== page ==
• Matz, Karl; Tuomilehto, Jaakko; Teuschl, Yvonne; Dachenhausen, Alexandra; Brainin, Michael (2020)
    Background Diabetes is an increasingly important risk factor for ischemic stroke and worsens stroke prognosis. Yet a large proportion of stroke patients who are eventually diabetic are undiagnosed. Therefore, it is important to have sensitive assessment of unrecognized hyperglycaemia in stroke patients. Design Secondary outcome analysis of a randomized controlled trial focussing on parameters of glucose metabolism and detection of diabetes and prediabetes in patients with acute ischemic stroke (AIS). Methods A total of 130 consecutively admitted patients with AIS without previously known type 2 diabetes mellitus (T2DM) were screened for diabetes or prediabetes as part of secondary outcome analysis of a randomized controlled trial that tested lifestyle intervention to prevent post-stroke cognitive decline. Patients had the oral glucose tolerance test (OGTT) and glycated hemoglobin (HbA1c) measurements in the second week after stroke onset and after 1 year. The detection rates of diabetes and prediabetes based on the OGTT or HbA1c values were compared. Results By any of the applied tests at the second week after stroke onset 62 of 130 patients (48%) had prediabetes or T2DM. Seventy-five patients had results from both tests available, the OGTT and HbA1c; according to the OGTT 40 (53.3%) patients had normal glucose metabolism, 33 (44%) had prediabetes, two (2.7%) T2DM. In 50 (66.7%) patients the HbA1c results were normal, 24 (32%) in the prediabetic and one (1.3%) in the diabetic range. The detection rate for disorders of glucose metabolism was 10% higher (absolute difference; relative difference 29%) with the OGTT compared with HbA1c. After 1 year the detection rate for prediabetes or T2DM was 7% higher with the OGTT (26% relative difference). The study intervention led to a more favourable evolution of glycemic status after 1 year. Conclusion The OGTT is a more sensitive screening tool than HbA1c for the detection of previously unrecognized glycemic disorders in patients with acute stroke with an at least a 25% relative difference in detection rate. Therefore, an OGTT should be performed in all patients with stroke with no history of diabetes. Trial registration. Unique identifier: NCT01109836.
  • Key, Timothy J.; Appleby, Paul N.; Bradbury, Kathryn E.; Sweeting, Michael; Wood, Angela; Johansson, Ingegerd; Kuehn, Tilman; Steur, Marinka; Weiderpass, Elisabete; Wennberg, Maria; Wuertz, Anne Mette Lund; Agudo, Antonio; Andersson, Jonas; Arriola, Larraitz; Boeing, Heiner; Boer, Jolanda M. A.; Bonnet, Fabrice; Boutron-Ruault, Marie-Christine; Cross, Amanda J.; Ericson, Ulrika; Fagherazzi, Guy; Ferrari, Pietro; Gunter, Marc; Huerta, Jose Maria; Katzke, Verena; Khaw, Kay-Tee; Krogh, Vittorio; La Vecchia, Carlo; Matullo, Giuseppe; Moreno-Iribas, Conchi; Naska, Androniki; Nilsson, Lena Maria; Olsen, Anja; Overvad, Kim; Palli, Domenico; Panico, Salvatore; Molina-Portillo, Elena; Quiros, J. Ramon; Skeie, Guri; Sluijs, Ivonne; Sonestedt, Emily; Stepien, Magdalena; Tjonneland, Anne; Trichopoulou, Antonia; Tumino, Rosario; Tzoulaki, Ioanna; van der Schouw, Yvonne T.; Verschuren, W. M. Monique; di Angelantonio, Emanuele; Langenberg, Claudia; Forouhi, Nita; Wareham, Nick; Butterworth, Adam; Riboli, Elio; Danesh, John (2019)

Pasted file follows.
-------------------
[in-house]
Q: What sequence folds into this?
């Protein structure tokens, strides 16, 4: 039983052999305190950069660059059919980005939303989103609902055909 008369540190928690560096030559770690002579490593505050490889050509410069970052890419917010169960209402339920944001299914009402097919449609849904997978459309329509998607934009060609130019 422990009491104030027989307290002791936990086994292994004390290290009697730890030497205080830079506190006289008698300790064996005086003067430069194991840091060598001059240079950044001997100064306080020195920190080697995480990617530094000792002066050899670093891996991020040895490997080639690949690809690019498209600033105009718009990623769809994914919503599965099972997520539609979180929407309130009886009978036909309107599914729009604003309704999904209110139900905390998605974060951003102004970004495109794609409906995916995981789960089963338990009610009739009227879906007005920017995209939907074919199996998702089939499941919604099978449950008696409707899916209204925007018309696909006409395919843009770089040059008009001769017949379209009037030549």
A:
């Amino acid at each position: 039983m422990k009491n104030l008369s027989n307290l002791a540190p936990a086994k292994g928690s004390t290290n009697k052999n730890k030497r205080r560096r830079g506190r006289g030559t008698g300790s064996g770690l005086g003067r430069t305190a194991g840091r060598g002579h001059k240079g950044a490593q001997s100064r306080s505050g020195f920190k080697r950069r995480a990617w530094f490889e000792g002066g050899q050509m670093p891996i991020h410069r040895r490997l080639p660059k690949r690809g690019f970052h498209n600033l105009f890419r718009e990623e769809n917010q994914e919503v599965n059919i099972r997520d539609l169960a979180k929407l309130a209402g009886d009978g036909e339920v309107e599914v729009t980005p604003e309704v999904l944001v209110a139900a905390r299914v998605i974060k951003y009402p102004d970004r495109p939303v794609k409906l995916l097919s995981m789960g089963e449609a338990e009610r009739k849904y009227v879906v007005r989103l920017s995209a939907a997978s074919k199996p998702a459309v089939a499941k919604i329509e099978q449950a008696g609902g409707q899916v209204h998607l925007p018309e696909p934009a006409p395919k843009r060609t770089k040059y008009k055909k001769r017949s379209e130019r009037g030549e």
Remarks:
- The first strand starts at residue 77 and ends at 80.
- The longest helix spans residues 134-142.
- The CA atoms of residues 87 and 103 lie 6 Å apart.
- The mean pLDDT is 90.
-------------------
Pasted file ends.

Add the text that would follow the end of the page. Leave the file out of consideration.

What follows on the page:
Background: There is uncertainty about the relevance of animal foods to the pathogenesis of ischemic heart disease (IHD). We examined meat, fish, dairy products, and eggs and risk for IHD in the pan-European EPIC cohort (European Prospective Investigation Into Cancer and Nutrition). Methods: In this prospective study of 409 885 men and women in 9 European countries, diet was assessed with validated questionnaires and calibrated with 24-hour recalls. Lipids and blood pressure were measured in a subsample. During a mean of 12.6 years of follow-up, 7198 participants had a myocardial infarction or died of IHD. The relationships of animal foods with risk were examined with Cox regression with adjustment for other animal foods and relevant covariates. Results: The hazard ratio (HR) for IHD was 1.19 (95% CI, 1.06-1.33) for a 100-g/d increment in intake of red and processed meat, and this remained significant after exclusion of the first 4 years of follow-up (HR, 1.25 [95% CI, 1.09-1.42]). Risk was inversely associated with intakes of yogurt (HR, 0.93 [95% CI, 0.89-0.98] per 100-g/d increment), cheese (HR, 0.92 [95% CI, 0.86-0.98] per 30-g/d increment), and eggs (HR, 0.93 [95% CI, 0.88-0.99] per 20-g/d increment); the associations with yogurt and eggs were attenuated and nonsignificant after exclusion of the first 4 years of follow-up. Risk was not significantly associated with intakes of poultry, fish, or milk. In analyses modeling dietary substitutions, replacement of 100 kcal/d from red and processed meat with 100 kcal/d from fatty fish, yogurt, cheese, or eggs was associated with approximate to 20% lower risk of IHD. Consumption of red and processed meat was positively associated with serum non-high-density lipoprotein cholesterol concentration and systolic blood pressure, and consumption of cheese was inversely associated with serum non-high-density lipoprotein cholesterol. Conclusions: Risk for IHD was positively associated with consumption of red and processed meat and inversely associated with consumption of yogurt, cheese, and eggs, although the associations with yogurt and eggs may be influenced by reverse causation bias. It is not clear whether the associations with red and processed meat and cheese reflect causality, but they were consistent with the associations of these foods with plasma non-high-density lipoprotein cholesterol and for red and processed meat with systolic blood pressure, which could mediate such effects.